The last 14 months have been tough. The impact is widespread. The effect on people’s personal and emotional wellbeing has been enormous. It is not something you can just throw money at and hope it goes away.
Mental health is a topic that I am passionate about. Having the support of Ron Lesh to pursues this accreditation is something that I am very grateful for. When I undertook the MH First Aid course, one of the great takeaways was that my role is not to diagnose but to simply come alongside people and point them in the right direction. This was empowering and showed WE can ALL make a difference. People often ask me how we in Victoria are faring in lockdown. Personally, while frustrated and limited at times, overall, I am doing okay. I have an amazing role and blessed to be a part of an incredible business. For this I am grateful. I do however have my days and to counteract this I do my best to live my life with the greatest level of normality. I regularly touch base with those most important to me. I do my best to watch my self-talk, exercising, taking breaks, get fresh air, limit my time on the media, create tasks and projects to keep me occupied.
However, my mind is NEVER far from those that are not doing well. The reality is that millions of people and across this state are suffering emotionally, mentally and financially. Businesses and lives touched devastating ways. Let’s add to this loneliness, lack of access to health care, 3 previous lockdowns, fear-mongering media and language, separation, home-schooling and the list goes on and on and we are pretty much beyond the tipping point of a mental health tsunami.
To back my observations, I read an interesting article in The Age on Saturday 5 June titled – “‘I can’t be bothered’: Victorians battling ‘compounding fatigue’ of lockdowns” by Wendy Tuohy, where Rhonda Andrew’s CEO of Barrington Centre, a corporate and wellbeing service provider, provided some very interesting data.
From 27 May to 3 June:
- 82% ⬆️ in demand for support
- 40% ⬆️ family conflict
- 55% ⬆️ workplace issues
- 82% ⬆️ mental health requests
The sentiment in this state from many that I speak to is that the idea of “We have done this before, we will do it again” or “We have got this”, simply does not cut it.
Many are tired. Many have no more to give. Many just want to get on with our lives and live. This is the reality that we as business leaders, managers and people across this state MUST acknowledge, work with and help navigate people through.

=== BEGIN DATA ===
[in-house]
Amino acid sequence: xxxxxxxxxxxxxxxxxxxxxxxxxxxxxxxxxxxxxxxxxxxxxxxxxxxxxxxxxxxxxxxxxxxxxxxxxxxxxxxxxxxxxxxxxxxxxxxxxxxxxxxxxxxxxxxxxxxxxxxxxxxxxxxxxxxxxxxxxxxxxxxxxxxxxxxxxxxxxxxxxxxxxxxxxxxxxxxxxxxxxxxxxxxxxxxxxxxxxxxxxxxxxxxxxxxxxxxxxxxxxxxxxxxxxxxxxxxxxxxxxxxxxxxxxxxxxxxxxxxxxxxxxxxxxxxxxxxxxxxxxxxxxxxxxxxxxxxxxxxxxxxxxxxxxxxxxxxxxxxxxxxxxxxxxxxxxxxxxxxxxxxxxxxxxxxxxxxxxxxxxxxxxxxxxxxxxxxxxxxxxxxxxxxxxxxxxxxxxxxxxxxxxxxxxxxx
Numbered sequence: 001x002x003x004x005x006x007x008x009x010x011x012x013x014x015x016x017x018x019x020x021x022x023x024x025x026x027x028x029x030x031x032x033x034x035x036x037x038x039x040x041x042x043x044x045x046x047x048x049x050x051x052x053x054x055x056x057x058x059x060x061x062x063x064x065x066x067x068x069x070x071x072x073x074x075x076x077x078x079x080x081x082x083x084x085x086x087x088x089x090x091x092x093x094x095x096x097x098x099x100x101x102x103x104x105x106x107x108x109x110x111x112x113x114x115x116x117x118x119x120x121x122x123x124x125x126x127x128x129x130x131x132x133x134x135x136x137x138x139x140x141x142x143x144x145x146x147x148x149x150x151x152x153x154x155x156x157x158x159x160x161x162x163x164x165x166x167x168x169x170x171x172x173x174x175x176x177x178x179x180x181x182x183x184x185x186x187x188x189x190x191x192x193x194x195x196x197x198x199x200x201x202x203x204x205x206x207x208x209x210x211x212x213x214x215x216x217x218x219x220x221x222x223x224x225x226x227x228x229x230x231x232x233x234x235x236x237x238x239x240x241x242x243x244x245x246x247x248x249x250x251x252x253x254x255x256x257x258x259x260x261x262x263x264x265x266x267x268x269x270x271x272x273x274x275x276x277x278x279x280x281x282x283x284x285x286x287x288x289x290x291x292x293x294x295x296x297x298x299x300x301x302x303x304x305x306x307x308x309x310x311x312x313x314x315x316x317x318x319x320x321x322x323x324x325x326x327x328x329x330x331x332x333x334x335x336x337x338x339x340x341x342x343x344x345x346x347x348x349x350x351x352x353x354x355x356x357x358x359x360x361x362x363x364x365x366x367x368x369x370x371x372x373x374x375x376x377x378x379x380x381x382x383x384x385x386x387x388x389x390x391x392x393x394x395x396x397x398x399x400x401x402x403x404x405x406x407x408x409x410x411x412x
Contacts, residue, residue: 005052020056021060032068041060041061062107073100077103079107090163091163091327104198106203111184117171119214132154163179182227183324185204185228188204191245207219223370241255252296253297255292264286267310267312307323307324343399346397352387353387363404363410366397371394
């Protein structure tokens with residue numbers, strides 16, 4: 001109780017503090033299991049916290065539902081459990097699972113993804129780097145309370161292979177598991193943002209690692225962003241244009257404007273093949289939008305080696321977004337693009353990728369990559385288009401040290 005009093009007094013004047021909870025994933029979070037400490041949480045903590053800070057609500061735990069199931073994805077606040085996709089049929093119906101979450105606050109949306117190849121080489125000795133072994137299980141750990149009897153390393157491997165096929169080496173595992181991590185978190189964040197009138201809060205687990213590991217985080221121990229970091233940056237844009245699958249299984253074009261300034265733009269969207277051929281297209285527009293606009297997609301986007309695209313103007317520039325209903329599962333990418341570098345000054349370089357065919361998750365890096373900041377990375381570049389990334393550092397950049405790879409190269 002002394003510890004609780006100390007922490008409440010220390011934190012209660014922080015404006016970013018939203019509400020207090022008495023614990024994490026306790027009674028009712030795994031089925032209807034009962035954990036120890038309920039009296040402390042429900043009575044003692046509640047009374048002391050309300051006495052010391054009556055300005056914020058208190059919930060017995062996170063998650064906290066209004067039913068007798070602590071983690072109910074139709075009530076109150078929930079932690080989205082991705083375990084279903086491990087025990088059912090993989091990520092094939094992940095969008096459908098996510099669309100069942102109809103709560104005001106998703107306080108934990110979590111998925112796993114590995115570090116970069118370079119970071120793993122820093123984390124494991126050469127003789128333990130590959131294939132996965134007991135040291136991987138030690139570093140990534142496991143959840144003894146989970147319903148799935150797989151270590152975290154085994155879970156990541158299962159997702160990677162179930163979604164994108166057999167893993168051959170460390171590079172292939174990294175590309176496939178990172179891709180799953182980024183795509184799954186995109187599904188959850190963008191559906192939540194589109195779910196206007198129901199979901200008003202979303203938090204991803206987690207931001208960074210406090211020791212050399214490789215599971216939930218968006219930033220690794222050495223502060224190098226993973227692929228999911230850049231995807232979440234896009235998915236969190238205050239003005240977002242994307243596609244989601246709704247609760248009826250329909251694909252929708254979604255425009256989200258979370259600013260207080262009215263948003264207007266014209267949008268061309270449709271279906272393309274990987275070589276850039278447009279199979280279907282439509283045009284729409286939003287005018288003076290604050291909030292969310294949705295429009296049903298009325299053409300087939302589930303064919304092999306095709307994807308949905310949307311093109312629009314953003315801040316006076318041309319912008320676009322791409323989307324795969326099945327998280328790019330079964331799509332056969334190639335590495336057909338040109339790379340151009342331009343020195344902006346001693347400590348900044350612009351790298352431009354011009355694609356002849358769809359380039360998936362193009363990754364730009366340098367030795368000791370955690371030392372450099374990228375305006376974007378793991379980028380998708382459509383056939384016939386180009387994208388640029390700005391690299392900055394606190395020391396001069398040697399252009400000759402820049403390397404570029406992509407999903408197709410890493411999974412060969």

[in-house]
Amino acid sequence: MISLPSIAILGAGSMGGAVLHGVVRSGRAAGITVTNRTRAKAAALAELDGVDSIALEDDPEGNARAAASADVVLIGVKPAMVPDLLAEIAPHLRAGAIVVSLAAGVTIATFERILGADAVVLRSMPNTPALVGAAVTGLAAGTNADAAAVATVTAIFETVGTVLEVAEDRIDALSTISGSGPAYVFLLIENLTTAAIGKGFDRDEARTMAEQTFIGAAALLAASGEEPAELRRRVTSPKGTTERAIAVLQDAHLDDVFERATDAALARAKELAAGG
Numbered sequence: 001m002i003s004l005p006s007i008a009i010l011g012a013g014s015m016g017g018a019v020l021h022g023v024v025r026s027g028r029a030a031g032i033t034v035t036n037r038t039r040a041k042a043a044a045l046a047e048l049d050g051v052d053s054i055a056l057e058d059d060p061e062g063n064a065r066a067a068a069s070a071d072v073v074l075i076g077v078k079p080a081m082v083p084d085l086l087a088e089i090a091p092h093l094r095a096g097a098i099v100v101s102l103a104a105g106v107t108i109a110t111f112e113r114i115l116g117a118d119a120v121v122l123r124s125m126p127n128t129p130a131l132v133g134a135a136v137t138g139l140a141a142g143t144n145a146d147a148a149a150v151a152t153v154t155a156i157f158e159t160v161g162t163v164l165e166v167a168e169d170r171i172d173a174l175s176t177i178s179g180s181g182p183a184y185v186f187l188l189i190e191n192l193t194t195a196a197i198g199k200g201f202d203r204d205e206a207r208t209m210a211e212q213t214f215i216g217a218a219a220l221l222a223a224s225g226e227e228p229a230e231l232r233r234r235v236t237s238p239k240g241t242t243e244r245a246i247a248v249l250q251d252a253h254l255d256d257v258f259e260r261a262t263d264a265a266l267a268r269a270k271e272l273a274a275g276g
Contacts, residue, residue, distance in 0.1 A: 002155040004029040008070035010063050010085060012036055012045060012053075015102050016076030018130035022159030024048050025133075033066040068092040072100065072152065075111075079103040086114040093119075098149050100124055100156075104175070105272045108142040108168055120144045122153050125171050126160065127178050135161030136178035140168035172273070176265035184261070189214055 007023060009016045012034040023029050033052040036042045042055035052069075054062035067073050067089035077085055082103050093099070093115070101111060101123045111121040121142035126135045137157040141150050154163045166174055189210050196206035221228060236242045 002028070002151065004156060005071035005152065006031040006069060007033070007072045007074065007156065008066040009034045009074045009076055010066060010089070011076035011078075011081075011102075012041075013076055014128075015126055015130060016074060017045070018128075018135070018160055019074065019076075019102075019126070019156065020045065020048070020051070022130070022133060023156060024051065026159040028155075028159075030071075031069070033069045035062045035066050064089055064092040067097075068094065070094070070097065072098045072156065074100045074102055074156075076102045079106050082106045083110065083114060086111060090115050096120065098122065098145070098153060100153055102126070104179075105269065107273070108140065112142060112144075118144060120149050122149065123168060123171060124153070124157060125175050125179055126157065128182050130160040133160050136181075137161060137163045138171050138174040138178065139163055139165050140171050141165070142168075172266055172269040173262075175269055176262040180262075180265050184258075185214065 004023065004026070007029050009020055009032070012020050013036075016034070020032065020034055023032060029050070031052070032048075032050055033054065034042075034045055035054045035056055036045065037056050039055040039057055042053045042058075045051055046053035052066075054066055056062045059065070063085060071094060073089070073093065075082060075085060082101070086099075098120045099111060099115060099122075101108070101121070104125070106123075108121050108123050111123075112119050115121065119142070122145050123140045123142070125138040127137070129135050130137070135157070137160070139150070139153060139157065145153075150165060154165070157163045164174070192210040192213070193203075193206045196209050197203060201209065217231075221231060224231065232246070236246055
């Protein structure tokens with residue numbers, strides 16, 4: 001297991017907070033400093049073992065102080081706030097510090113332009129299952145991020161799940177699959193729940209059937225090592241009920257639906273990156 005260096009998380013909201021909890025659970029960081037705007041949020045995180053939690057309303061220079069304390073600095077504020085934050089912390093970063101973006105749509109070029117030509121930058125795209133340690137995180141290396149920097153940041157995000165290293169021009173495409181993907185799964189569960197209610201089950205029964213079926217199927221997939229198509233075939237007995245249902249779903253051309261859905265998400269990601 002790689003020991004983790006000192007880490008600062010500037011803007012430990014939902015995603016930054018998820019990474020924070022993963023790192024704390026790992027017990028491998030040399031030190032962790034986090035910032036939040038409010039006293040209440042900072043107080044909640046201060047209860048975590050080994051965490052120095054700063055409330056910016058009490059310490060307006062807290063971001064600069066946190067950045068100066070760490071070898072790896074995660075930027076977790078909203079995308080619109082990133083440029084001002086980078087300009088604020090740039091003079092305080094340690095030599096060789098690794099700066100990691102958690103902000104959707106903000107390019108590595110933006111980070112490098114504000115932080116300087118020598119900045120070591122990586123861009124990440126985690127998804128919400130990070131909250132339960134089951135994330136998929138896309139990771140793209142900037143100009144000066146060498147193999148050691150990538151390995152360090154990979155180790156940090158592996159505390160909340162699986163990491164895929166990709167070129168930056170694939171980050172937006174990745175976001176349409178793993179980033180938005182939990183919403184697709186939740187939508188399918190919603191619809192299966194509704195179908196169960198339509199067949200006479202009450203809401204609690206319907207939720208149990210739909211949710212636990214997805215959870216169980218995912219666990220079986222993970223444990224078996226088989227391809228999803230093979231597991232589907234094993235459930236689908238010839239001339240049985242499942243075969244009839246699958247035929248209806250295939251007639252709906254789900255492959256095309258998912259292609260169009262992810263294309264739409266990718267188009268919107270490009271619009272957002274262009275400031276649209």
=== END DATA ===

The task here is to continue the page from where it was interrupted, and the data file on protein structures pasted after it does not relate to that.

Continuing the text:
Each of us is touched by what is going on. And if we personally are not, then someone we know is. These lockdowns hurt and it is more important to be on the lookout for each other than ever before.
Please, if you are struggling, please do reach out. It is okay to not be okay. There are times where you will be trapped in thoughts of negativity or feelings of hopelessness. The reality is that it is hard not to be. It is normal. However, do your best to not stay in that space too long. If you do however find these thoughts and feelings lingering, take action. Speak to someone. Call your doctor. Early intervention works.
Make sure to look out for others also. Look for signs that they may be struggling. Be on the lookout for things like withdrawing behaviour, social media activity contrary to their normal behaviour, slow to or no response to messages, negative language, letting go of their appearance or hygiene. Pretty much, any behaviour outside of their normal selves is a window for you to ask the question “R UO K?” or “I have noticed this, is all ok?” Believe, it can make all the difference.
Be informed and across the resources like R UO OK?, Beyond Blue, and Headspace, to name a few. There are many great tools available to not only better understand mental health but to come alongside, and help others along their journey.
Finally, I cannot help but emphasise that you are not alone. Don’t be afraid to put your hand up and say you need help. On the other hand, if you are doing okay, don’t be afraid to extend a hand and reach out to someone that you know is not and let them know you are there for them.
No judgment. No shame. No bias. Just listen.
Just genuinely care!
We can all make a difference.
Reference: Wendy Tuohy | The Age